At the turn of the 13th and 14th centuries Jasenov castle belonged to the noble man Peter from Bačkov. He was formerly an ally of the king, Charles Robert, during the period of struggle with the family of Omodejs (of the Abov county). Later, because Peter turned agains the king and tried to murder him, his property was thus entirely confiscated and in 1317 most of it given to the faithful Philip Drugeth. Since then it was owned continously by the Drugeths, still their’s even in the 17th century as a part of the the domain of castles Brekov and Jasenov.
The first written document mentions the castle in the 1320s. The geographical position of the castle, built in the mountains away from the main provincial road was suitable for the function of a noble lord‘s seat. The nearby Brekov served the more typical purpose of a guard castle in the service of defending the local land or accomodating the king on his travels. George I Rákoczi’s army conquered and destroyed the Jasenov castle in 1644, during the third great uprising against the Habsburg empire. After the initiative of Count Andrássy, the vanishing ruin of the castle was partly conserved, several objects were roofed and the entrance part was fixed during the beginning of the 20th century. Today, however, only ruins remain.References:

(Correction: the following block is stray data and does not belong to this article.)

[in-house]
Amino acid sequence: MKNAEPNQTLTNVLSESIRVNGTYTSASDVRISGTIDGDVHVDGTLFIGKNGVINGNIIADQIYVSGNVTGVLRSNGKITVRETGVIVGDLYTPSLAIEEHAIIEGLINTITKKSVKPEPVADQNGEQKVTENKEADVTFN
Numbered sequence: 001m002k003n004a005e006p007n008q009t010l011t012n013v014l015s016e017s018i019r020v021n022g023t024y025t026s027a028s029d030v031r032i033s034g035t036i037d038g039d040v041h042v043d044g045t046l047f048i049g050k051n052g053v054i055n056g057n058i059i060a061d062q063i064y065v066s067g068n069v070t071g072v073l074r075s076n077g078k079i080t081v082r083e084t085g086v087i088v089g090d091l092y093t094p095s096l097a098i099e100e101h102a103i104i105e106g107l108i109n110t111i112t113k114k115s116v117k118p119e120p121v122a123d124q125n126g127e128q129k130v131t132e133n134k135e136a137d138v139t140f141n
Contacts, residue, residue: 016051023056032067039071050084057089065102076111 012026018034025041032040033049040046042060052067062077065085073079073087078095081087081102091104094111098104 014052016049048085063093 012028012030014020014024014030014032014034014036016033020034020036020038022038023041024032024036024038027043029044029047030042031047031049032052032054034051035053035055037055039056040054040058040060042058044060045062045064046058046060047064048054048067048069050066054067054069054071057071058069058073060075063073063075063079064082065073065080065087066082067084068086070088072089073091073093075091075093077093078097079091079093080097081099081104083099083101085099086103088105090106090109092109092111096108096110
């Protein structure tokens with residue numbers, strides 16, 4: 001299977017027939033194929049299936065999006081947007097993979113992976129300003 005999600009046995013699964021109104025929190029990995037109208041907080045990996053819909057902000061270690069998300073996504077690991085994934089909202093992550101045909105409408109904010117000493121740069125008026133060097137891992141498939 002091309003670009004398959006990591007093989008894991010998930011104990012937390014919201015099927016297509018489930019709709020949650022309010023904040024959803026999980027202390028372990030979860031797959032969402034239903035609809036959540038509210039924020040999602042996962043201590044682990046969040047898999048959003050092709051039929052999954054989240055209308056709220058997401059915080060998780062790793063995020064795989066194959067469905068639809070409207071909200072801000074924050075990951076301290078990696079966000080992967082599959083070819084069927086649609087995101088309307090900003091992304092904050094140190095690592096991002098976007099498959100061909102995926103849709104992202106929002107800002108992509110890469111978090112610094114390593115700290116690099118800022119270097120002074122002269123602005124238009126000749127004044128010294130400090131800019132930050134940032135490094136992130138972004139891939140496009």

La Hougue Bie is a Neolithic ritual site which was in use around 3500 BC. Hougue is a Jèrriais/Norman language word meaning a \'mound\' and comes from the Old Norse word haugr. The site consists of 18.6m long passage chamber covered by a 12.2m high mound. The site was first excavated in 1925 by the Société Jersiaise. Fragments of twenty vase supports were found along with the scattered remains of at least eight individuals. Gravegoods, mostly pottery, were also present. At some time in the past, the site had evidently been entered and ransacked.
In Western Europe, it is one of the largest and best preserved passage graves and the most impressive and best preserved monument of Armorican Passage Grave group. Although they are termed \'passage graves\', they were ceremonial sites, whose function was more similar to churches or cathedrals, where burials were incidental.